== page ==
Thursday, August 26, 2010

El Ed Chapters 7 & 8

I found these chapters very interesting and informative because they propose ways of using word processing in the classroom that are very different from my own experience in elementary school. In fourth grade, I did the Mavis Beacon typing class, but other than that, my only memory of using word processing was to type up pre-written reports at home. Word processing was not regularly used the classroom.
In these chapters, however, the author presents many ways to integrate word processing into the regular language arts, math, and social studies curricula, which I think is very useful. I especially like the Virtual Email activity on page 97. When I was in elementary school, we did a similar activity in which we wrote letters to historical figures. That was a very useful activity because we not only researched the historical figure and displayed our knowledge, but also practiced social activism by writing the letters and were able to hone the real life skill of letter writing in the process. I think it is fantastic that this exercise is given a tech-savvy makeover in this chapter. The children in classrooms today will most likely write more emails than letters in their adult lives, so practicing email conventions is extremely important.
I also appreciate the point the author makes about children being able to edit and embellish more easily when using word processing. Even as a college student, that is very important to me. I always type my assignments rather than handwriting them because it is easier for me to get my thoughts down then rearrange them, explain them, and correct them using a computer. I think that teaching students that skill at an earlier age will definitely be to their advantage.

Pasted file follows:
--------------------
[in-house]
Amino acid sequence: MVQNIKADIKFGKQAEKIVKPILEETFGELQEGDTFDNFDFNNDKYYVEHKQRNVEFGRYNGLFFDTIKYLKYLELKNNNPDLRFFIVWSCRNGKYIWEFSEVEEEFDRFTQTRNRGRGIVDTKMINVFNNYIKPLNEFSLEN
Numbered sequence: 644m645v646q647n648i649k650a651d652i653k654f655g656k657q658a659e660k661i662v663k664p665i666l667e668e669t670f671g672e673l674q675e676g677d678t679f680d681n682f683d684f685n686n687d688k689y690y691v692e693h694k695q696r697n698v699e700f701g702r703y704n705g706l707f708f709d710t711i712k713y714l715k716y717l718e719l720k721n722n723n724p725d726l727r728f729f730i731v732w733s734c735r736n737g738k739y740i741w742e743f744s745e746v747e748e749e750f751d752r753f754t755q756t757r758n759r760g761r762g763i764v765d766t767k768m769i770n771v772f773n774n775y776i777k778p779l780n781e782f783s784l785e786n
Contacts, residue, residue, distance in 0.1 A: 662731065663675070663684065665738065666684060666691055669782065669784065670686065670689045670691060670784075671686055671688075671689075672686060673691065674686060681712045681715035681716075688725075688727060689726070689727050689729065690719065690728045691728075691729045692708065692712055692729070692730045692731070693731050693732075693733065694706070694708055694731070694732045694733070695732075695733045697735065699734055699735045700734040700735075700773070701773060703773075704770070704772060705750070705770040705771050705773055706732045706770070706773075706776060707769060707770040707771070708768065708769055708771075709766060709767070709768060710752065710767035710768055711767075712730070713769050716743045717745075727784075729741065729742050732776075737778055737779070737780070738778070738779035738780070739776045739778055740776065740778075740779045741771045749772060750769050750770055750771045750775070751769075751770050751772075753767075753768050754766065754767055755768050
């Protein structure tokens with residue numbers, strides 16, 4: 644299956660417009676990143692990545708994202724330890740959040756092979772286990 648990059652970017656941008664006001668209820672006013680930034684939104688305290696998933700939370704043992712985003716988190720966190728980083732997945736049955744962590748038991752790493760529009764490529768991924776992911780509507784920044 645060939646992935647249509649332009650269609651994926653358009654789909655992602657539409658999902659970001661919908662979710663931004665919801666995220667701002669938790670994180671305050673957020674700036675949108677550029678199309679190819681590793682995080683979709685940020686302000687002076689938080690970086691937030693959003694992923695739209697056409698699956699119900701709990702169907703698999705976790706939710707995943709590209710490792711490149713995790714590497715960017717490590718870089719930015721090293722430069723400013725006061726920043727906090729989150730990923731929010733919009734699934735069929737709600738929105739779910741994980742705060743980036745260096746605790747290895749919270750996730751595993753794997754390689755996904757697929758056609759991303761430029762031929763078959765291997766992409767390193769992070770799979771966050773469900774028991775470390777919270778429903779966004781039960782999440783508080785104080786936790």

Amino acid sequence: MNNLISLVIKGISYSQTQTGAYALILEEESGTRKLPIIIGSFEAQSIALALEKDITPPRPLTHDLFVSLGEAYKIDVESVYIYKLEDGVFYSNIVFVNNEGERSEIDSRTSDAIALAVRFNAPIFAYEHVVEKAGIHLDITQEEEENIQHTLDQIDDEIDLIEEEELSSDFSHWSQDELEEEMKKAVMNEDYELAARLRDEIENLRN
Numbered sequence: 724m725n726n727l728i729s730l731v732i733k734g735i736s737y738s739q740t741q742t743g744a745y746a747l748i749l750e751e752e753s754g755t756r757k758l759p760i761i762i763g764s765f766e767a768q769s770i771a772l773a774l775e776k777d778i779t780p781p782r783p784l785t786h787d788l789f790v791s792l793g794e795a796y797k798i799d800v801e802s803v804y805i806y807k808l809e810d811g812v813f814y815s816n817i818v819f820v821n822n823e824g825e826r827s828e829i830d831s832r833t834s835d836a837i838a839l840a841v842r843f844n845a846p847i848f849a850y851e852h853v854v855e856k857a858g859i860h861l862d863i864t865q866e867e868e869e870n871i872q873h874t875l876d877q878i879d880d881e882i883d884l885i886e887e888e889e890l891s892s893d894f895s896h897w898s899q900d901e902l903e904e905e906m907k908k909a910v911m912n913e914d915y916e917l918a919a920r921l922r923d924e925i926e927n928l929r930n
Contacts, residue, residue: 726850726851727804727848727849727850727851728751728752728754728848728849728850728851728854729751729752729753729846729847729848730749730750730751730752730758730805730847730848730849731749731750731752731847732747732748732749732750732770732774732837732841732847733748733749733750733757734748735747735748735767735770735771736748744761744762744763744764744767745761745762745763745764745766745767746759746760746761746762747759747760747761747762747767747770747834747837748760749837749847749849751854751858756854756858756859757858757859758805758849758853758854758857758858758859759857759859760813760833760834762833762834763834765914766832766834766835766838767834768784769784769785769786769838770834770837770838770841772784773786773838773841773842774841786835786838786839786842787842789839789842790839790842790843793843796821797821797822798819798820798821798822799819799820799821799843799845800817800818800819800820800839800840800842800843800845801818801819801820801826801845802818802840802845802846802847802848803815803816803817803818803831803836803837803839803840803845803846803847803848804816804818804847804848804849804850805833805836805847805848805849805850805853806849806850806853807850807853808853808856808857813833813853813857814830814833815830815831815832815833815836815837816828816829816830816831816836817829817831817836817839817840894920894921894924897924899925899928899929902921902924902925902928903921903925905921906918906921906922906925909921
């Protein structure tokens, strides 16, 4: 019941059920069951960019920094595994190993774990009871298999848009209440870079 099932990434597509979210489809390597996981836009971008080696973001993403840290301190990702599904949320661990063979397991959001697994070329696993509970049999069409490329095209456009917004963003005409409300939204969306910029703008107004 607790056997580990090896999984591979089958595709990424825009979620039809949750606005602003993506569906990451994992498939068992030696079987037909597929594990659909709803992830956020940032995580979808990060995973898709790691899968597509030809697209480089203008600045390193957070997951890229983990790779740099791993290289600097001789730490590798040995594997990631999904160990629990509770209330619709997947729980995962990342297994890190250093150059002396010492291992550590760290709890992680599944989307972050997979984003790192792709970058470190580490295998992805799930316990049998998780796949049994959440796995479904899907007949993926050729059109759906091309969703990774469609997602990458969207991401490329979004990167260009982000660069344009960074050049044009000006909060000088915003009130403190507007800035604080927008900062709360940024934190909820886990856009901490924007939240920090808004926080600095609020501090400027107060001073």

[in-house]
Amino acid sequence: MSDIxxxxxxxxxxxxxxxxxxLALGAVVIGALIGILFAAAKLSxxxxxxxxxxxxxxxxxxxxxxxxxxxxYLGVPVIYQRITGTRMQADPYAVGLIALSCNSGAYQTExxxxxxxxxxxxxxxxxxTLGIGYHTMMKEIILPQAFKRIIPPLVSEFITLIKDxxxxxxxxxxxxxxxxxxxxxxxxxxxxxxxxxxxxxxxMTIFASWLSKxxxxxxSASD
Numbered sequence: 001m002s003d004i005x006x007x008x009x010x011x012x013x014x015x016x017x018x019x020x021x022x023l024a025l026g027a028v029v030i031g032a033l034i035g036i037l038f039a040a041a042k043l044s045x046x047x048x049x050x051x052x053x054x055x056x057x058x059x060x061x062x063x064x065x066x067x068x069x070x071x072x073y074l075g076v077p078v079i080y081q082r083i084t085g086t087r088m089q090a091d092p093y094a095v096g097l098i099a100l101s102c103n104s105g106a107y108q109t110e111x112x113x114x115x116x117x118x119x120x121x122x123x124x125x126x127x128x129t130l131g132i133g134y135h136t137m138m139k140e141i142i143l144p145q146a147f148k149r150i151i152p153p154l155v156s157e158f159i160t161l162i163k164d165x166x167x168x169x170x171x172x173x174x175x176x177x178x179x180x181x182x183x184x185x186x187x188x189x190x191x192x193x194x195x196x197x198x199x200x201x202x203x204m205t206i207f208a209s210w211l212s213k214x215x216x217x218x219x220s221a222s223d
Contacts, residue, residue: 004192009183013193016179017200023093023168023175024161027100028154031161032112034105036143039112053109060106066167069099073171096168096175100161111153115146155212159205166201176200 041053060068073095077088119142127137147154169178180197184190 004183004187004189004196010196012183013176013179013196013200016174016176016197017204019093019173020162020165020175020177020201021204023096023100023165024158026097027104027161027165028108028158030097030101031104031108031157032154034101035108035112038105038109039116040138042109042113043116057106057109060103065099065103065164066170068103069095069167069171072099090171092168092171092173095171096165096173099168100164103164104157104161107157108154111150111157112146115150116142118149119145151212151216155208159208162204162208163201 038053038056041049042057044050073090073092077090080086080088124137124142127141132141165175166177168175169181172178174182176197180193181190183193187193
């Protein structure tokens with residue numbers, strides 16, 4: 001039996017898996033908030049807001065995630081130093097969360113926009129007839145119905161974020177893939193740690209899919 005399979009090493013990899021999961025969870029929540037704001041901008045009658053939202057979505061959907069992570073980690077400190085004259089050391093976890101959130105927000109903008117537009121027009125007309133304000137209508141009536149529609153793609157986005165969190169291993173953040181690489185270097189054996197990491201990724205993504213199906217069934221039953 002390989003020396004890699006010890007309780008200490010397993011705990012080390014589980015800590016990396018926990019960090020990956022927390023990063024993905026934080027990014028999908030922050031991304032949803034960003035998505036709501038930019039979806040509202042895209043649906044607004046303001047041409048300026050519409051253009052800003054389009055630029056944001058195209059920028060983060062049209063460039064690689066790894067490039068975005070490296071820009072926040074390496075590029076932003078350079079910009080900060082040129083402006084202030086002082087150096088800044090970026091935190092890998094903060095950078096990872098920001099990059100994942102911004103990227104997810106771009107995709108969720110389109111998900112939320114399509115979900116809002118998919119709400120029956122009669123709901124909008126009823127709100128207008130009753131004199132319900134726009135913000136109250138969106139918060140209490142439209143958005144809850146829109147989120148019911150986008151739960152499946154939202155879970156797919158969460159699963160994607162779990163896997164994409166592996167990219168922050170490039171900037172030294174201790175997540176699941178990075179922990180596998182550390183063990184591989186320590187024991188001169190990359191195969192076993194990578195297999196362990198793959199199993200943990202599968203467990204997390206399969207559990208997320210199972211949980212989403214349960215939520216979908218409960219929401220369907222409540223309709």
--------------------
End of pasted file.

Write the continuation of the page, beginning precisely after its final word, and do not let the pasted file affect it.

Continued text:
eschmidt said...

I think that this idea is really interesting. I would really like to somehow figure out a way to test this theory in public. It would be fun to try it out on the quad or somewhere around campus. To me, it makes sense in a strange way. If I see a person reading a book, like the article said, I assume them to be busy. However, if someone was on an ipad or another piece of technology, they could be doing any number of activities including browsing the web or playing games. In our society, the use of technology has been become part of everyday life. Maybe our familiarity with the use of technology has made approaching someone using an ipad less intrusive than a book?

liz exo said...

In response to the El Ed chapters 7 & 8, I was also really interested to see the new ways in which to incorporate technology into writing activities. But just to play devil's advocate for a second, I would like to propose the following question: if teachers begin to use Microsoft Word for the majority of writing projects, how do students get any practice with handwriting? I know that typed-out papers are more commmon than handwritten ones, but there is still a need to handwriting (taking notes in class, for example). So, generally I agree with a moderate usage of Word, but I still think that teachers should have students handwrite as well.